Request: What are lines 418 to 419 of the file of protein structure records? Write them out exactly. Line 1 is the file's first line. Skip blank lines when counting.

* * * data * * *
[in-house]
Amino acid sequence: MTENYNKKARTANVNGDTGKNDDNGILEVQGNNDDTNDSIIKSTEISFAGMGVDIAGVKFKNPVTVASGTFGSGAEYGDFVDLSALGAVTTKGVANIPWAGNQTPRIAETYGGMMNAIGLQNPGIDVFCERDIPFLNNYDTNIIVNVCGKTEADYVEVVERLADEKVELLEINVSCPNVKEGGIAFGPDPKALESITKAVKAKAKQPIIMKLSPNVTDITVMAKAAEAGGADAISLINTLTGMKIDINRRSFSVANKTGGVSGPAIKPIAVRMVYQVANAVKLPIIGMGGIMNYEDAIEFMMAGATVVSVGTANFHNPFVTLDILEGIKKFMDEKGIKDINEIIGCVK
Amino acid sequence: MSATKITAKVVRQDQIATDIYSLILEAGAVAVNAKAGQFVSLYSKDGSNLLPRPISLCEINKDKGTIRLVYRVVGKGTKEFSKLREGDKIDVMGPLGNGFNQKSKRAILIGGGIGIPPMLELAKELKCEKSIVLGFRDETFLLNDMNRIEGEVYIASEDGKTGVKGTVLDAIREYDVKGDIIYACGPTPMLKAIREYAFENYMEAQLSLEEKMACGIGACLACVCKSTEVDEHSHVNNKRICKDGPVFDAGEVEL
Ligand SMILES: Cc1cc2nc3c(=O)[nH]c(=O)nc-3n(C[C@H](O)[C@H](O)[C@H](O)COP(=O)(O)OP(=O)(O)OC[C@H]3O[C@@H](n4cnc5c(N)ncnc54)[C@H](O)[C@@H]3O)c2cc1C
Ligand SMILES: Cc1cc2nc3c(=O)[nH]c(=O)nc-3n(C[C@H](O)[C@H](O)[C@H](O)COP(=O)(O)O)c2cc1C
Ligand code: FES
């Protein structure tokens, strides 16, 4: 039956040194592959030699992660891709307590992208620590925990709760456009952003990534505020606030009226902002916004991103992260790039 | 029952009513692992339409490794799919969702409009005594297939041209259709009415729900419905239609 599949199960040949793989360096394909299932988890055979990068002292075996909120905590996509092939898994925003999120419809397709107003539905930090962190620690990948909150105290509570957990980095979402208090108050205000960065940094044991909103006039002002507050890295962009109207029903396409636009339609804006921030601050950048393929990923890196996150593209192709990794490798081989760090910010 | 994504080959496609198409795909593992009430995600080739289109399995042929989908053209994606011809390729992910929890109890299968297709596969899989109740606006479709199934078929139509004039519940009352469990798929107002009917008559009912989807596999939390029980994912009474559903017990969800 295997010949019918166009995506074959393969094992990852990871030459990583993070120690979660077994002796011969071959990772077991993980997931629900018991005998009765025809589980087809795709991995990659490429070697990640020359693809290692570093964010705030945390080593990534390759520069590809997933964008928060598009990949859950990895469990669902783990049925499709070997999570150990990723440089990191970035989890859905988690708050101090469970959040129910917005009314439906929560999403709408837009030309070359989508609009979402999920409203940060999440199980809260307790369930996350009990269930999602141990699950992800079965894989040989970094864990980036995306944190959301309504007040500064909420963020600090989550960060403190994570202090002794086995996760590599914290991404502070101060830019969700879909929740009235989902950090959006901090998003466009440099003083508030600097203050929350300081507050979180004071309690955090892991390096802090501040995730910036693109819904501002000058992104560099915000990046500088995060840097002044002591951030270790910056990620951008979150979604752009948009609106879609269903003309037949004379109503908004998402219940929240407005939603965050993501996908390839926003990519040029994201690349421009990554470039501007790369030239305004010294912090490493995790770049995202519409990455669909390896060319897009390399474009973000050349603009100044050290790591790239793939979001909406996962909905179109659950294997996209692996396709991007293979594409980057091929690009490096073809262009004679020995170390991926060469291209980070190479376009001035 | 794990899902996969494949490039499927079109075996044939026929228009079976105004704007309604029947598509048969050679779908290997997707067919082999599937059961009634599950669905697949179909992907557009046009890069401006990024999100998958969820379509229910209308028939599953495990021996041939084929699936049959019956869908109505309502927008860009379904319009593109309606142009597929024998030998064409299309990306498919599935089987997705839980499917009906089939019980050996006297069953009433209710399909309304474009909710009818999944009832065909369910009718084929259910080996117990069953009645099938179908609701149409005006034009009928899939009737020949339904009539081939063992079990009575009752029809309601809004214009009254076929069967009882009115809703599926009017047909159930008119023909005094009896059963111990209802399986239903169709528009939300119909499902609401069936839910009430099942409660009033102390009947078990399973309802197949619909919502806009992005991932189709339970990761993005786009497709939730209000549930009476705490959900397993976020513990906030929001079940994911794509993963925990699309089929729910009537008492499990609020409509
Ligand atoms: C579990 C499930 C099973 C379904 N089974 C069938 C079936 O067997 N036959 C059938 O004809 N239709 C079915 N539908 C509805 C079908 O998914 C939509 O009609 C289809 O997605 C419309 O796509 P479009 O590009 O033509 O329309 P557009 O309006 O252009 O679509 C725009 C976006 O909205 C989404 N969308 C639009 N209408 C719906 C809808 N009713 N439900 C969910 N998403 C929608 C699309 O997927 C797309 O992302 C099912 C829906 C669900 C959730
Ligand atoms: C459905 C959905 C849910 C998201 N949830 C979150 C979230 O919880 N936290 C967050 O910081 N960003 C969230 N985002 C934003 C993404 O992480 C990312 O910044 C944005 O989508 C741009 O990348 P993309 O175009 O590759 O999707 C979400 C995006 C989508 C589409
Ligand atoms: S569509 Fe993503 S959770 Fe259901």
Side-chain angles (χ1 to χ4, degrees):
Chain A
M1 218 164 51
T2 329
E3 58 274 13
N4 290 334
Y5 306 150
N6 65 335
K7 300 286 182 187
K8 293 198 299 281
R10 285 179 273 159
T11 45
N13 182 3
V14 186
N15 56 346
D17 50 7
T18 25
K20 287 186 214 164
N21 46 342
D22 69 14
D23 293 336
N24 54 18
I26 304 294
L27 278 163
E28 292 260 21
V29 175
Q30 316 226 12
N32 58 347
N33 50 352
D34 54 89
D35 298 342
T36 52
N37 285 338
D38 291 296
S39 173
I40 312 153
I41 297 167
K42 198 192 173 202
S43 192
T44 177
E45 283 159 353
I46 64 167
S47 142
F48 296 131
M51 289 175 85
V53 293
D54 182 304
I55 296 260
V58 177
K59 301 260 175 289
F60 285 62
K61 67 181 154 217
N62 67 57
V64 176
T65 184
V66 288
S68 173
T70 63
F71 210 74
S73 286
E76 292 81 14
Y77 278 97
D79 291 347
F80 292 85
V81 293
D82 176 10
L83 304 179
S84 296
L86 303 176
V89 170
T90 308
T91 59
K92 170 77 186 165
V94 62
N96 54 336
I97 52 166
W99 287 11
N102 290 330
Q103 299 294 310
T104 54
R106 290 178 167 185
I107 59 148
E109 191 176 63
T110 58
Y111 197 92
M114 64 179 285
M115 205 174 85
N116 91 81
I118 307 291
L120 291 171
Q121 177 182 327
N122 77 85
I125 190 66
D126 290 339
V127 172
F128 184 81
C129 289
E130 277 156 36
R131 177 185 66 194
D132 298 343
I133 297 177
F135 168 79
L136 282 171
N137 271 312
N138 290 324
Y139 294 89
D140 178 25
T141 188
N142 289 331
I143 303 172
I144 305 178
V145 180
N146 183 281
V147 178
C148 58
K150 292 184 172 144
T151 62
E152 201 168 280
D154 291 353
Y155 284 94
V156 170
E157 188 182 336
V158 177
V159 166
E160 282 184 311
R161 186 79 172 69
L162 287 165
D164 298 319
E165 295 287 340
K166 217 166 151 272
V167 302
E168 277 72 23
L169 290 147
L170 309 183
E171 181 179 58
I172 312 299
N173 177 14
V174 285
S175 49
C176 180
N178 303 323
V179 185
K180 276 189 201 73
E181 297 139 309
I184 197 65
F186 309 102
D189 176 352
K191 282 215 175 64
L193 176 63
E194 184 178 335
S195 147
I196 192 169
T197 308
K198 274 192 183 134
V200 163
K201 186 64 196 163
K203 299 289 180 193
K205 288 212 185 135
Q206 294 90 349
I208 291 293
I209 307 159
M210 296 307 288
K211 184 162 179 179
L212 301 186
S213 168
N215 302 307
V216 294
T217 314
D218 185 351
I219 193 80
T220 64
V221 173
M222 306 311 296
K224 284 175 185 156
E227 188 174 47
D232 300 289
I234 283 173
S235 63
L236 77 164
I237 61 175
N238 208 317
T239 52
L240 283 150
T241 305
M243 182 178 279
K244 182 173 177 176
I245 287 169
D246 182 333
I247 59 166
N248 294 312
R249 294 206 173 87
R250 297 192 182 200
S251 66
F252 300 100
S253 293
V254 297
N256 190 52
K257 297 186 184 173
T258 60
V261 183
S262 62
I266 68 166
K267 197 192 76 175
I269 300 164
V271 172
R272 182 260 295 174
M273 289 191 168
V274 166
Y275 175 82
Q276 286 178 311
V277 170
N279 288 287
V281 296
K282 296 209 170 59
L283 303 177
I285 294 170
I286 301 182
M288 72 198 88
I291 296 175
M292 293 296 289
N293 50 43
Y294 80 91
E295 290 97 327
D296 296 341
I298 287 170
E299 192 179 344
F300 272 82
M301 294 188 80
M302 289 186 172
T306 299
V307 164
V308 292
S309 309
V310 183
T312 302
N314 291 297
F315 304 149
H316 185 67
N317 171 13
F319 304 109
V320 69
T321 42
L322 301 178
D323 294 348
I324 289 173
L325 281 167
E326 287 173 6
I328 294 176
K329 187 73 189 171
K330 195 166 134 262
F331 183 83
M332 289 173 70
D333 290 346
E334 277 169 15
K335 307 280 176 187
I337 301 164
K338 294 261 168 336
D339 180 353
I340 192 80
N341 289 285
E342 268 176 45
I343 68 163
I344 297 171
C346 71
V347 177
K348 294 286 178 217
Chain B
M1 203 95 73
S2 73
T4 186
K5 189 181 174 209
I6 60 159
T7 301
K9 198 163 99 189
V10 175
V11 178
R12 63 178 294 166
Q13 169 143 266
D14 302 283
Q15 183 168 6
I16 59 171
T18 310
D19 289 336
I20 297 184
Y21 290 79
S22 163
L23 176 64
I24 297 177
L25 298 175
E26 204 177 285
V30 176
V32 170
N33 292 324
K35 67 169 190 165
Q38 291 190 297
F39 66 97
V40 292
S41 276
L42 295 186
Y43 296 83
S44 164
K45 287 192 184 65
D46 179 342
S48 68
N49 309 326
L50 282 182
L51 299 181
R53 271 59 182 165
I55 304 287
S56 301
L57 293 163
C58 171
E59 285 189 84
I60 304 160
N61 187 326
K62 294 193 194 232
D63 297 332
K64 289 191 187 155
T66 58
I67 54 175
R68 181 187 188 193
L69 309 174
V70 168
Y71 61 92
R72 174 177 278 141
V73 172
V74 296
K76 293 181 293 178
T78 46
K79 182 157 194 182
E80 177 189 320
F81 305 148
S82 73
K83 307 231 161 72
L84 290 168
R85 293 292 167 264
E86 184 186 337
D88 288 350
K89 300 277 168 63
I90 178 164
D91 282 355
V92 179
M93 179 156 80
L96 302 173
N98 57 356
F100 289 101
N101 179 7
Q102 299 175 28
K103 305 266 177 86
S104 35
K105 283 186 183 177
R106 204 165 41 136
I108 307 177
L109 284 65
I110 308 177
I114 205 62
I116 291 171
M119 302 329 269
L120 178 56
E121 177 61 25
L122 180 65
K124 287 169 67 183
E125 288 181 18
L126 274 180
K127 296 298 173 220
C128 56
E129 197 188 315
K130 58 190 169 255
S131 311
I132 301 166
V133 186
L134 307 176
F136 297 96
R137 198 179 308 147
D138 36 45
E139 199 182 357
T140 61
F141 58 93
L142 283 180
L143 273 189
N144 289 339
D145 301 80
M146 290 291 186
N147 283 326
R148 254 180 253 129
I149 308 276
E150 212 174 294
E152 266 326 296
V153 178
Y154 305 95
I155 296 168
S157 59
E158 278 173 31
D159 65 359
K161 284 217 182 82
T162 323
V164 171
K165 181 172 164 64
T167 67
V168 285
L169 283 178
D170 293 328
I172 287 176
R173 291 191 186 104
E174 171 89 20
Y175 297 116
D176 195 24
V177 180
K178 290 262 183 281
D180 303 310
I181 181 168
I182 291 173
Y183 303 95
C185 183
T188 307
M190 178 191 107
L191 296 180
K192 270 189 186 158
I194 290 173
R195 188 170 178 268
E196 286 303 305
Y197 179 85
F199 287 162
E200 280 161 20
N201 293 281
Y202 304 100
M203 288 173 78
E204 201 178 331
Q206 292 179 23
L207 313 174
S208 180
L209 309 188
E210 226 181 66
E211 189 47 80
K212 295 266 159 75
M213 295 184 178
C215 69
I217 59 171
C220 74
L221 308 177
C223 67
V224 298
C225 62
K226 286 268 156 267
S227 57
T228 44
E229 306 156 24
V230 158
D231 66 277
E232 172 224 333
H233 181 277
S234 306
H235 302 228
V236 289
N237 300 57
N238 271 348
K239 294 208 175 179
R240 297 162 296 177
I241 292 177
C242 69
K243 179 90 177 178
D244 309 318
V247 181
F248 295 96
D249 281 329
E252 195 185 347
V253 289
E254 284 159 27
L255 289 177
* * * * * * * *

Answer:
V177 180
K178 290 262 183 281